I was approved for zero down locked in is what they claimed found a car online picked it out was guaranteed It was mine told them I would be in after work,upon arriving was.informed they sold the car an hour earlier, was taken out back to pick out another vehicle picked 2 and was told sorry we already have one being delivered to you about an hour later car drives up, it's dark out so I give them the benefit of a doubt drove the car home change engine oil light comes on, ticking under the hood, reverse tail light is out tried making an appointment to get the car in was.given the run around for over a week so returned the car prior to financing going through.in which the zero down payment turned out to be 500 down check cleared the bank before the deal was ever final upon returning the car was notified they were going to charge me for mileage which was 500 Miles at 50 cents a mile their addition added up to 300 dollars.. IS this really a company you'd like to buy a car from. My personal experience with them was by far the worst I have ever had
They were so awesome. They let me shop on my own, but were very informative. I couldn't reccommend a better dealership.
Sonja Smith was a great great sale's rep....couldn't have asked for a better person...she stayed with me through my prices and I appreciate her services. ..she's awesome check them out ,theyll help you as much as possible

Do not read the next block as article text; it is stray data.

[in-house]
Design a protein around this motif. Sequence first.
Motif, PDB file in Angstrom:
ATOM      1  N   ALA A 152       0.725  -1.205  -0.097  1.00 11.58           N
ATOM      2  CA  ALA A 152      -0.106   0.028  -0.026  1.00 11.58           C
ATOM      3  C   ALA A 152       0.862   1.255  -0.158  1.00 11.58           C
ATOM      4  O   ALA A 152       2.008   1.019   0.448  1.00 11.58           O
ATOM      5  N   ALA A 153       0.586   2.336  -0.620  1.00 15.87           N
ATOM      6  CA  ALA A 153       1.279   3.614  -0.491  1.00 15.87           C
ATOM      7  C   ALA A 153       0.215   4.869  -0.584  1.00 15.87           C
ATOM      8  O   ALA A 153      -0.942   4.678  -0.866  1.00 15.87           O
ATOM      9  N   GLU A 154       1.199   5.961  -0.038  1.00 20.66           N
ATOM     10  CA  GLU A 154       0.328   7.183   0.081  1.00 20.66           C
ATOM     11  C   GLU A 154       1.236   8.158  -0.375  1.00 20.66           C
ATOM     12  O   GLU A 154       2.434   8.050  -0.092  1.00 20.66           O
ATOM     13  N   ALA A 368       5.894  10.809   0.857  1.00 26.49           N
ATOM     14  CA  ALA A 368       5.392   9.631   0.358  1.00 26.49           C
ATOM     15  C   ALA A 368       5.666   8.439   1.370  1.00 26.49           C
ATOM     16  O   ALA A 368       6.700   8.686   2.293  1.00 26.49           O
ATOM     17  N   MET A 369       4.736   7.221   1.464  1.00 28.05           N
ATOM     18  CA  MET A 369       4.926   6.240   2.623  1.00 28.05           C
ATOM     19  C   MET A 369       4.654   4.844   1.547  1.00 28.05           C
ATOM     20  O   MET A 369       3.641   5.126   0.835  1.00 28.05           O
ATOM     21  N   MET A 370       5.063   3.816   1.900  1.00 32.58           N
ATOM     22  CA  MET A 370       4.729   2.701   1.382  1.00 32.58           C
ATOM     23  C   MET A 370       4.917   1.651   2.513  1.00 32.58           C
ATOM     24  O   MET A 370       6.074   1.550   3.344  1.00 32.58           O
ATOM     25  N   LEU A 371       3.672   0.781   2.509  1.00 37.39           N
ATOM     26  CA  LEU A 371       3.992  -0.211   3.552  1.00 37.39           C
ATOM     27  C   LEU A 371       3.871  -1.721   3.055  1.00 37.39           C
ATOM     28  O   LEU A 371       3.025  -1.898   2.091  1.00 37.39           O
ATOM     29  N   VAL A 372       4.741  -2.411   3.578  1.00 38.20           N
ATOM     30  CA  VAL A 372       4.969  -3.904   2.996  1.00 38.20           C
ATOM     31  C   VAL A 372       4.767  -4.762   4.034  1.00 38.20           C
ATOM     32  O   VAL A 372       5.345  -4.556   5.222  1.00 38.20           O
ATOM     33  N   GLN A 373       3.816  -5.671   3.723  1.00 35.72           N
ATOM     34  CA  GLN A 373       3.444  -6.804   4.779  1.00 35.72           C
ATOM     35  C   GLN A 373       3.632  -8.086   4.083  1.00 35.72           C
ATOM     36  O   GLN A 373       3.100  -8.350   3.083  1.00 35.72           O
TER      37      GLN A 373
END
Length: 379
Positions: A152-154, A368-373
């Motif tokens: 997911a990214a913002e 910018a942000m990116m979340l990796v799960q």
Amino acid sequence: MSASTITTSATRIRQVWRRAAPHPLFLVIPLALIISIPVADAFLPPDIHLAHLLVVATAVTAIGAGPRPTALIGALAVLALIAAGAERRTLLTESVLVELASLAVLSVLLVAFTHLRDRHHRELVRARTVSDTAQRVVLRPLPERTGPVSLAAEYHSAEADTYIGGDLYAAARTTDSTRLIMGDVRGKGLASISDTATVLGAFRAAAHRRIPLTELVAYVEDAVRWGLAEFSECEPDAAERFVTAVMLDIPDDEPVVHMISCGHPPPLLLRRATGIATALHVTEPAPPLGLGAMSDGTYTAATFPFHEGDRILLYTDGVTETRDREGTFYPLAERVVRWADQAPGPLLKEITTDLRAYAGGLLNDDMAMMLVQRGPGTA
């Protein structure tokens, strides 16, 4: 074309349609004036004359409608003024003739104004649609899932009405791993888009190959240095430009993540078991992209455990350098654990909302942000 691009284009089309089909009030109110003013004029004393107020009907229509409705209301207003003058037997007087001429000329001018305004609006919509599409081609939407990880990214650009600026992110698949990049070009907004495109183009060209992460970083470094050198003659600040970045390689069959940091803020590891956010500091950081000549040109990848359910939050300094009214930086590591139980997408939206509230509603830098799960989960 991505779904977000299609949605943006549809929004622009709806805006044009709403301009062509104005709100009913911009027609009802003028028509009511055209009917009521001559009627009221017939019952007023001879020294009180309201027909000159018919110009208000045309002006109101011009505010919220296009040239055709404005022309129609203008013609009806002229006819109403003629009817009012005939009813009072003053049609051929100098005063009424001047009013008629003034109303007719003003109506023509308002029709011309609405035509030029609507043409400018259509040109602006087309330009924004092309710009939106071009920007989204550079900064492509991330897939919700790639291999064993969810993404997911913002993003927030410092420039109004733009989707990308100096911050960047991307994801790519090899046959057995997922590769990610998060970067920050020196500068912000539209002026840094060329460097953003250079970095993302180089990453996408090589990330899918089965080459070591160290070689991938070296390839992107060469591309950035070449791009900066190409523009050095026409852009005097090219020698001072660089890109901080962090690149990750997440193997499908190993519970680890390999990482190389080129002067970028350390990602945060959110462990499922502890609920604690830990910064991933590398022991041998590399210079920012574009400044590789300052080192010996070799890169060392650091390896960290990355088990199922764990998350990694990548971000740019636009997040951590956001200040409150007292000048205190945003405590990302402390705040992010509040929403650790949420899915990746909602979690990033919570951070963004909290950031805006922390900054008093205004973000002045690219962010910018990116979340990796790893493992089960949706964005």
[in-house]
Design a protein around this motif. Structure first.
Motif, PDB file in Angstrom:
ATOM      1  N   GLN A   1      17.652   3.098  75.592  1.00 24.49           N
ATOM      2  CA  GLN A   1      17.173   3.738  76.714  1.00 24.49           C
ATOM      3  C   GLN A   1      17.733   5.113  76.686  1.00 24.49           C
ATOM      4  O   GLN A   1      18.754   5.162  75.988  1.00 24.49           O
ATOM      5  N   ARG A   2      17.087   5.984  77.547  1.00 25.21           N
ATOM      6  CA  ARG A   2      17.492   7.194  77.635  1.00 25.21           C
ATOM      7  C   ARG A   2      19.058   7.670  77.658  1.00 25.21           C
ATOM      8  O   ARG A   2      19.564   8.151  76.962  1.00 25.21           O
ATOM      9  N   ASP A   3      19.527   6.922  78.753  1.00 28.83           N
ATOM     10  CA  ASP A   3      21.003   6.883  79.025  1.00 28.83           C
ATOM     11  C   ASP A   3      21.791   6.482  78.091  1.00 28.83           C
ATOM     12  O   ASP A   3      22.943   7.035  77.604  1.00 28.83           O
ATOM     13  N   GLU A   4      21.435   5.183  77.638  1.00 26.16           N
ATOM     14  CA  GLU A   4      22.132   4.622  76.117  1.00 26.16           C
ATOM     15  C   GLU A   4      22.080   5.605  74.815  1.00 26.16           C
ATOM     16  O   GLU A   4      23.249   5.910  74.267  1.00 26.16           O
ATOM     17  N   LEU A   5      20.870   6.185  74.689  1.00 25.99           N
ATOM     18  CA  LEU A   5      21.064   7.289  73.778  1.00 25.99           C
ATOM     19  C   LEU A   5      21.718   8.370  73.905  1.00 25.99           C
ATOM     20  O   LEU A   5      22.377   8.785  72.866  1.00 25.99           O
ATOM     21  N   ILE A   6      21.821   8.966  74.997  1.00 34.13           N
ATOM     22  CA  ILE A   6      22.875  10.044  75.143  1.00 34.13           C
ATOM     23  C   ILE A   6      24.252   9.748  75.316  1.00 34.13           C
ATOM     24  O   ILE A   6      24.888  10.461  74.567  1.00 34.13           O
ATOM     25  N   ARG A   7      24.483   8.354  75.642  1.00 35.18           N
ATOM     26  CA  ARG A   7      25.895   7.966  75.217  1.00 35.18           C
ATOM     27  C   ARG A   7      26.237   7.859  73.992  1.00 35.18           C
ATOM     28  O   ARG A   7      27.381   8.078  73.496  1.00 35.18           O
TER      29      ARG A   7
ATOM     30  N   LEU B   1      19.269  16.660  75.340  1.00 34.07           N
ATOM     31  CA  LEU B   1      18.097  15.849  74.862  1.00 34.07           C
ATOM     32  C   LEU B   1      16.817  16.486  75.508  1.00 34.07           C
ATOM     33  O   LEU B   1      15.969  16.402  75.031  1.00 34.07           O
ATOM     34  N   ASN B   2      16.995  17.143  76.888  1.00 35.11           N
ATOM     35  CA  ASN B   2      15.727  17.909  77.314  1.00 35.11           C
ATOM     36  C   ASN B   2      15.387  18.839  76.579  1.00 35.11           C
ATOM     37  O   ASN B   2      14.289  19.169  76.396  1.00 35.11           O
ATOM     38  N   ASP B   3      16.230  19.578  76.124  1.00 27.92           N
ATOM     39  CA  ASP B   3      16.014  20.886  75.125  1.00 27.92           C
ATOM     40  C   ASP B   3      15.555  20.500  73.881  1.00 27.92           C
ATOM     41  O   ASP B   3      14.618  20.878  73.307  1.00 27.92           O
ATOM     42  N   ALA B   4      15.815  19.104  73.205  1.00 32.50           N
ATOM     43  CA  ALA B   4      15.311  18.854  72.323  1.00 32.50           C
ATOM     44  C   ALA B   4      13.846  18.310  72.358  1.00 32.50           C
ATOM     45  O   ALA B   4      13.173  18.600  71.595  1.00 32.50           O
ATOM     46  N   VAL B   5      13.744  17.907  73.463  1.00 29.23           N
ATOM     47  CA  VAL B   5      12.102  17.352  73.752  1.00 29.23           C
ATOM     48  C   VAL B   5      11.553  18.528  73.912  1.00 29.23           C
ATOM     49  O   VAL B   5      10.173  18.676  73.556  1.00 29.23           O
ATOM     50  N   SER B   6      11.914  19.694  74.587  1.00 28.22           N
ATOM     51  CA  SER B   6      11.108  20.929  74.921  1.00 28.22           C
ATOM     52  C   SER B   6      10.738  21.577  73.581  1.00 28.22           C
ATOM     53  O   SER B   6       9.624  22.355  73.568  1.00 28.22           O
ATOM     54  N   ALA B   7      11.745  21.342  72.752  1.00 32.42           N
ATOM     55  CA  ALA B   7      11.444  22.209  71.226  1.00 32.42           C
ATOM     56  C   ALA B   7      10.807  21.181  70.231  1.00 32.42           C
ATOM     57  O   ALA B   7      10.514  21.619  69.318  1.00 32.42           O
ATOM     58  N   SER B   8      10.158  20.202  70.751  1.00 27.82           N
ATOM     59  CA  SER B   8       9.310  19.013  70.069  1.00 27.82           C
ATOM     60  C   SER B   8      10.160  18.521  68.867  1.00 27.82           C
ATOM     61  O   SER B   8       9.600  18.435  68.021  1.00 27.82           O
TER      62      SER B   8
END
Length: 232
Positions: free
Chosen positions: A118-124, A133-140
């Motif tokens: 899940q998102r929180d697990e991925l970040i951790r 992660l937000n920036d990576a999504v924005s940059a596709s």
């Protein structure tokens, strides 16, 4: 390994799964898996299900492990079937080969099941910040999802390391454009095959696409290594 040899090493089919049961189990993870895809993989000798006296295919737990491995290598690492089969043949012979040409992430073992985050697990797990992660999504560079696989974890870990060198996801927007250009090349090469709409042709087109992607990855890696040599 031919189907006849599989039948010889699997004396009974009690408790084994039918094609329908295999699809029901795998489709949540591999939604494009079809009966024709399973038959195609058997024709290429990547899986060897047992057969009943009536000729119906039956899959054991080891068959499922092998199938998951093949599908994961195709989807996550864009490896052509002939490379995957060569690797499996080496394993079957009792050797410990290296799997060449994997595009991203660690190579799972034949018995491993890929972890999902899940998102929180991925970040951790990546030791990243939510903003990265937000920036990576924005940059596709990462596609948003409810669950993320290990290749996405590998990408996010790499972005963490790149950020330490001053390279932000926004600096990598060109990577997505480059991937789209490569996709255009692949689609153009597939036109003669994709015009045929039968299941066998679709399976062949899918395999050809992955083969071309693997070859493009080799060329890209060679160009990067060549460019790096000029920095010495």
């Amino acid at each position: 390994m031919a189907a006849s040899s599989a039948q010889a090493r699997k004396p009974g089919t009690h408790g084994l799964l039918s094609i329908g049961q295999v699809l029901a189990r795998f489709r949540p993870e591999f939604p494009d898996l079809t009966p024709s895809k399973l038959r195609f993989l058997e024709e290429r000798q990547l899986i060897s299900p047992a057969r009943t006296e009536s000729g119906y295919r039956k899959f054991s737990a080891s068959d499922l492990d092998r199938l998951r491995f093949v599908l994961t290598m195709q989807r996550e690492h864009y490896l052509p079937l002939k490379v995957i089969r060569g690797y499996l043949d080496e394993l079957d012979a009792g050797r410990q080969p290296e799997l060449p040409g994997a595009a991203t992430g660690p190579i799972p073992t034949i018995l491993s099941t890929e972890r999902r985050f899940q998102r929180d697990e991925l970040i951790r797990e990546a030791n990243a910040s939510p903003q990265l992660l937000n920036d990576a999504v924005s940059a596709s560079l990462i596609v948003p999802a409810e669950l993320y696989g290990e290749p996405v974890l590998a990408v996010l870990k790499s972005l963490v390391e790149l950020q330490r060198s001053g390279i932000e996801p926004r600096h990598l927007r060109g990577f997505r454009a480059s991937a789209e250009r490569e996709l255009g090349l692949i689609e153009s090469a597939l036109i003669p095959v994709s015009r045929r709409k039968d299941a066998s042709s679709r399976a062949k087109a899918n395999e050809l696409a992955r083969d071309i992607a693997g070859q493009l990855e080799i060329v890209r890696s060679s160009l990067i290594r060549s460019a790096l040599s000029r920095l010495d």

This was the absolute best experience I have ever had buying a car. These guys will go to bat for you to get you where you need to be financially to get you your new vehicle. The big dog dealerships don't have anything on these guys. If you're in the market for a new/used car go to these guys first, you won't need to go anywhere else. AJ, Robin, and everyone else were amazing and treated my like a human being, not just a potential sale. I have less than perfect credit and they got me the best deal I've ever had on my car. Thank you again guys and keep up the great work!
Nice customer service.The car we bought was nice and clean.
We have been doing business with Reliable Motors for many years. Always a pleasure. Thank you.
I went to go get my brakes checked just to make sure I needed new ones and it wasn't something else. Just because I am a woman, they told me that I need new rotors. My rotors are in pretty good condition, thank you very much!
Automobile owners have plenty of avenues to explore for making quick fixes to their vehicles. You don't have to wait for costly repairs if you are resourceful enough to know exactly what needs to be fixed and are sure of the parts required. By heading to your nearest salvage yard, you'll find the parts you need and more.
Salvage yards collect old vehicles and the accompanying parts. Depending on the condition, the materials can either be repaired or sold. Parts are then made available for you to purchase.
Salvage yards play a big role in ensuring old vehicles are disposed of in an environmentally friendly manner. The auto industry is the largest in the world and therefore generates the most waste.